Meteorologists are getting better at predicting hurricanes because our ability to model the atmosphere has improved dramatically. And while you’d think NASA is more concerned with getting astronauts into space, that’s only part of its job. The agency actually has a team at the Goddard Space Flight Center in Greenbelt, Maryland working tirelessly day and night to improve those forecasts, and it has seen much success over the past decade.
Every forecast you see these days is not only the product of a human meteorologist, but also a computer. Modern forecasters use computer models of the atmosphere to help them figure out what the weather will do next. With hurricanes, that’s all the more important because it could be the difference between life and death.
“Freshwater floods, often caused by hurricanes, are the number one cause of death by natural disasters in the world, even above earthquakes and volcanoes,” Goddard tropical meteorologist Oreste Reale said. “Seeing how the research we do could have an impact on these things is very rewarding.”
One of these tools is something meteorologists call “reanalysis.” Essentially, programmers will make changes to a weather model, and then put weather data from the past into it. From there, they’ll run the model, and the gauge of success is how well the model forecasts the actual conditions that followed the point in time they picked.
The strategy here is to use past major hurricanes, some of which weren’t well-modeled the first time around. “We are able to use cases like Hurricane Katrina to run tests and show us how we can improve, or how this new change affected the forecast or the analysis of the storm system,” fellow Goddard tropical meteorologist Marangelly Fuentes explained.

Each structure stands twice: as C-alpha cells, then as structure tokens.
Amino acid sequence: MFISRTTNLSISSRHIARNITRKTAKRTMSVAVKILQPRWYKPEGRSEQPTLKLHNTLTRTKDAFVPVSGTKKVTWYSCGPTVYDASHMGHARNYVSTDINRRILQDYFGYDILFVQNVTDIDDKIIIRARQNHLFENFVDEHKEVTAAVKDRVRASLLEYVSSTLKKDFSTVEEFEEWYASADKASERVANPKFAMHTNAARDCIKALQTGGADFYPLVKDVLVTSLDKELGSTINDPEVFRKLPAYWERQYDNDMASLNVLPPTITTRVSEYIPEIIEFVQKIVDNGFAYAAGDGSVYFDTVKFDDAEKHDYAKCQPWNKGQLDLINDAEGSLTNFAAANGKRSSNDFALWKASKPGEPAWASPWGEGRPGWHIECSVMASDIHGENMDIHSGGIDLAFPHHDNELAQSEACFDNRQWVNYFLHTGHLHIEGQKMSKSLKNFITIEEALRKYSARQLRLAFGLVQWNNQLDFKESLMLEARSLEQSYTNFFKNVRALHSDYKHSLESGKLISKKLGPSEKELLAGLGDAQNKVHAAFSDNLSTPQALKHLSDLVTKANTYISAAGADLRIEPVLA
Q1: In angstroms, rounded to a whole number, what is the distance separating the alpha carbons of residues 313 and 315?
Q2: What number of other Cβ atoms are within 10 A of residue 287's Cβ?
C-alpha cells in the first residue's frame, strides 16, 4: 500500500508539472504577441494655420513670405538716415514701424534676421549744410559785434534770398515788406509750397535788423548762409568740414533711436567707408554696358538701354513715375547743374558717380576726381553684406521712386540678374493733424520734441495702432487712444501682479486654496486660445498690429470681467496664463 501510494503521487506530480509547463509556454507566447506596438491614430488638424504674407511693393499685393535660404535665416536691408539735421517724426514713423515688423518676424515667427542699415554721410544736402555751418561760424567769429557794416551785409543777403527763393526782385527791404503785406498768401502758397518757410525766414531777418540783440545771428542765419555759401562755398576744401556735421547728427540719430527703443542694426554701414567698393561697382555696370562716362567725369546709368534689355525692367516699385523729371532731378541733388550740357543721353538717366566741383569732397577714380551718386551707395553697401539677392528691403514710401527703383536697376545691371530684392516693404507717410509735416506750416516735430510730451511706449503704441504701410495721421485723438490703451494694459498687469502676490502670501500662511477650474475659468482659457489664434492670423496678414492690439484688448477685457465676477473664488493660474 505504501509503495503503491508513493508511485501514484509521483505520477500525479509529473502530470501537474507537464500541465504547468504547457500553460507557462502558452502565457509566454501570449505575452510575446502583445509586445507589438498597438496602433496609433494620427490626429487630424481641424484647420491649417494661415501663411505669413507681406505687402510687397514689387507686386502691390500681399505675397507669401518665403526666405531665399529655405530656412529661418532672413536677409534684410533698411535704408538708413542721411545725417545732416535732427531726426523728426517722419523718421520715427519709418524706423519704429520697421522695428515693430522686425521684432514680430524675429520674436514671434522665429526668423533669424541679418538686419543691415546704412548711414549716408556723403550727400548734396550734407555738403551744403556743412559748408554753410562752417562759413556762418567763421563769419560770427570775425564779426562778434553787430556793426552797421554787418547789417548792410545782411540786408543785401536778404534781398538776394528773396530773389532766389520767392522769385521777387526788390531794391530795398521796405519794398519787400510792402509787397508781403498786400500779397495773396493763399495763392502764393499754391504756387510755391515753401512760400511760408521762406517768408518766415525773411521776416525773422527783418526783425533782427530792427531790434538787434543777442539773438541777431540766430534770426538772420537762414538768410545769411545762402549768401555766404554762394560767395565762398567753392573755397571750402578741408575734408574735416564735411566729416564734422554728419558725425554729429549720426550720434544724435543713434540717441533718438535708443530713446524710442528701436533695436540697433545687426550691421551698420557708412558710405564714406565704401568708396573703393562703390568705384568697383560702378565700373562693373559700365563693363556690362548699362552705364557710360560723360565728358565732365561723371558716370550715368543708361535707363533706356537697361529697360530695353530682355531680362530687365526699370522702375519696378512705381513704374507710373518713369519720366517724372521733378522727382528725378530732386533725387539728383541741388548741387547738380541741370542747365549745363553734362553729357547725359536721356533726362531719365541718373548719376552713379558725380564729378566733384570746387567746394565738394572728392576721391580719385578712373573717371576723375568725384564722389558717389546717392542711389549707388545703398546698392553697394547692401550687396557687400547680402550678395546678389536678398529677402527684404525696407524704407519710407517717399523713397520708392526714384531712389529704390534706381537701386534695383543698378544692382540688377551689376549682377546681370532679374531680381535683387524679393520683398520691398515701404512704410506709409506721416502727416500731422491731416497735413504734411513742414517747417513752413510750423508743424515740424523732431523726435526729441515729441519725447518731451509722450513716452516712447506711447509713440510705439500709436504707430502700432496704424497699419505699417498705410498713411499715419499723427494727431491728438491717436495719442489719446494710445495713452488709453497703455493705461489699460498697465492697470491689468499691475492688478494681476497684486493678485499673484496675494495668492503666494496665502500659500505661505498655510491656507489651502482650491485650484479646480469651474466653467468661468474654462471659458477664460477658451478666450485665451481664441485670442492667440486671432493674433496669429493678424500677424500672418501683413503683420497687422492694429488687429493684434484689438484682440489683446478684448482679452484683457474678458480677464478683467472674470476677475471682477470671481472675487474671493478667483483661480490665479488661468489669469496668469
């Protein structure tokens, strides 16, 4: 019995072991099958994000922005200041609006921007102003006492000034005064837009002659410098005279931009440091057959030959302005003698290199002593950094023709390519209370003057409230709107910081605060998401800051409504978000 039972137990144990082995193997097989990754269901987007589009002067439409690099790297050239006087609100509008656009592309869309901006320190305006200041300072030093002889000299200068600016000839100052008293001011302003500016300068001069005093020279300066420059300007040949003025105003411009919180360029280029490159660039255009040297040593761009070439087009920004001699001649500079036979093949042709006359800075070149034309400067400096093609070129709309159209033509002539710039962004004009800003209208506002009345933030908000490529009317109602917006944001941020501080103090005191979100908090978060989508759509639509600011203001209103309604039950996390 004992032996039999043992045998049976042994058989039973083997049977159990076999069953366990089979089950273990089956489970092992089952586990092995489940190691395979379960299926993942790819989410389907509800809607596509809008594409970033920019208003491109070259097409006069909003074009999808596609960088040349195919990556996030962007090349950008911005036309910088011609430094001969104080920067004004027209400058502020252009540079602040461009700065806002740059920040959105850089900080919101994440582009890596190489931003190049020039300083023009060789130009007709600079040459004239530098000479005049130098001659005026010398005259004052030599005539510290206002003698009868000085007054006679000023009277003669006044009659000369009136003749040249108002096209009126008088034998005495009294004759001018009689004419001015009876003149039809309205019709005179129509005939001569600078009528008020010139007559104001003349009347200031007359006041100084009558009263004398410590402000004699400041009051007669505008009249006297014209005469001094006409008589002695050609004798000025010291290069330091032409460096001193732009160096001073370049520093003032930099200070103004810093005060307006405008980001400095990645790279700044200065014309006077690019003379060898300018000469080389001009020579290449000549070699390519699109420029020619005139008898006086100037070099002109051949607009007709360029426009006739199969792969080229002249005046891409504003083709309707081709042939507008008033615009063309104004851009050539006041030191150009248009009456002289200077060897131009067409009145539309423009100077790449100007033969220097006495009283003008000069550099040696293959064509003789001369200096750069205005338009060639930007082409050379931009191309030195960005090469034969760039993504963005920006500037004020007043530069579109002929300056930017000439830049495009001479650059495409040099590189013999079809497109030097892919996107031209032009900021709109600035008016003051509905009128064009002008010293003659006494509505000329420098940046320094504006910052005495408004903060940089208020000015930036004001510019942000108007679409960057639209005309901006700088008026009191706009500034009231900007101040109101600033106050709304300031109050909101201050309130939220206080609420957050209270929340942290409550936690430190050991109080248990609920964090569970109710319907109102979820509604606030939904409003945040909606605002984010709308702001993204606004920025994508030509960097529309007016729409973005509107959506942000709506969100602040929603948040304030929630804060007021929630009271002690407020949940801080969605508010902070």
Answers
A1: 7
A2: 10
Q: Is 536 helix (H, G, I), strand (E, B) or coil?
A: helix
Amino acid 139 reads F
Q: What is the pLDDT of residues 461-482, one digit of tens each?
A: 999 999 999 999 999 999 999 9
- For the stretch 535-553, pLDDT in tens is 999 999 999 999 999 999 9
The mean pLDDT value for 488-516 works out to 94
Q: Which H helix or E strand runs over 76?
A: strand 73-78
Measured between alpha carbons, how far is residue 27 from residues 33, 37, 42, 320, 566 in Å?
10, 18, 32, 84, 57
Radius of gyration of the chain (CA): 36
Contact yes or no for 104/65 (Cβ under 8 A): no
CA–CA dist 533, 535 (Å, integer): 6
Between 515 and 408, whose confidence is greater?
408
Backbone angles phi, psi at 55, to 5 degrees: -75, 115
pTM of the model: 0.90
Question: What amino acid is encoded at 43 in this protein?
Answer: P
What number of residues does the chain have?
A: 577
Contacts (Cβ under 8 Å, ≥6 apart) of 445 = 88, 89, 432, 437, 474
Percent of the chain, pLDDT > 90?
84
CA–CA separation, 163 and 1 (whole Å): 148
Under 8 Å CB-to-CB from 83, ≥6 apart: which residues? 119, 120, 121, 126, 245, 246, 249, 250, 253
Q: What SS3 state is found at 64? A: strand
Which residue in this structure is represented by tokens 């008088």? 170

Katrina is a great example of model error. Atmospheric pressure is typically a good indicator of storm strength. In 2005, computer models forecasted Katrina’s central pressure would reach 955 millibars (28.20″) before striking the Gulf Coast. Observed data showed its pressure fell to 902 millibars (26.64″), one of the lowest pressures of any Atlantic hurricane ever.
Reale and Fuente’s modeling can now get much closer to that actual pressure in attempting to model the storm, which in turn produces better forecasts. They are also able to model at a much better resolution, further increasing accuracy.
Think of it this way. Cheap cell phone cameras produce images that are sometimes coarse and not sharp. Higher-end cameras will give you a better picture because they have higher resolution, and it’s the same way with weather models. In 2005, the atmosphere was split into blocks of 31 miles by 31 miles: today, that’s down to 8-mile-wide squares.
“The smaller the size of the cube, the more realistic the representation of the atmosphere,” Reale said.
While there are drastic improvements to our modeling capabilities, there is still work to be done, but Reale says this massive job of improving the capabilities of our hurricane models should result in better hurricane forecasts. And if the next Katrina comes along, we’ll be far more ready than we were over a decade ago.
- The best weather apps for the iPhone, iPad, and iPod Touch
- Supercomputers, simulations, and the new science of extreme weather attribution
- There’s a way to weaken hurricanes, but scientists say it’s too crazy to try
- The coronavirus is making our lives less predictable. Even the weather
- Meteorologists not swayed by telecom companies’ plans for 5G regulations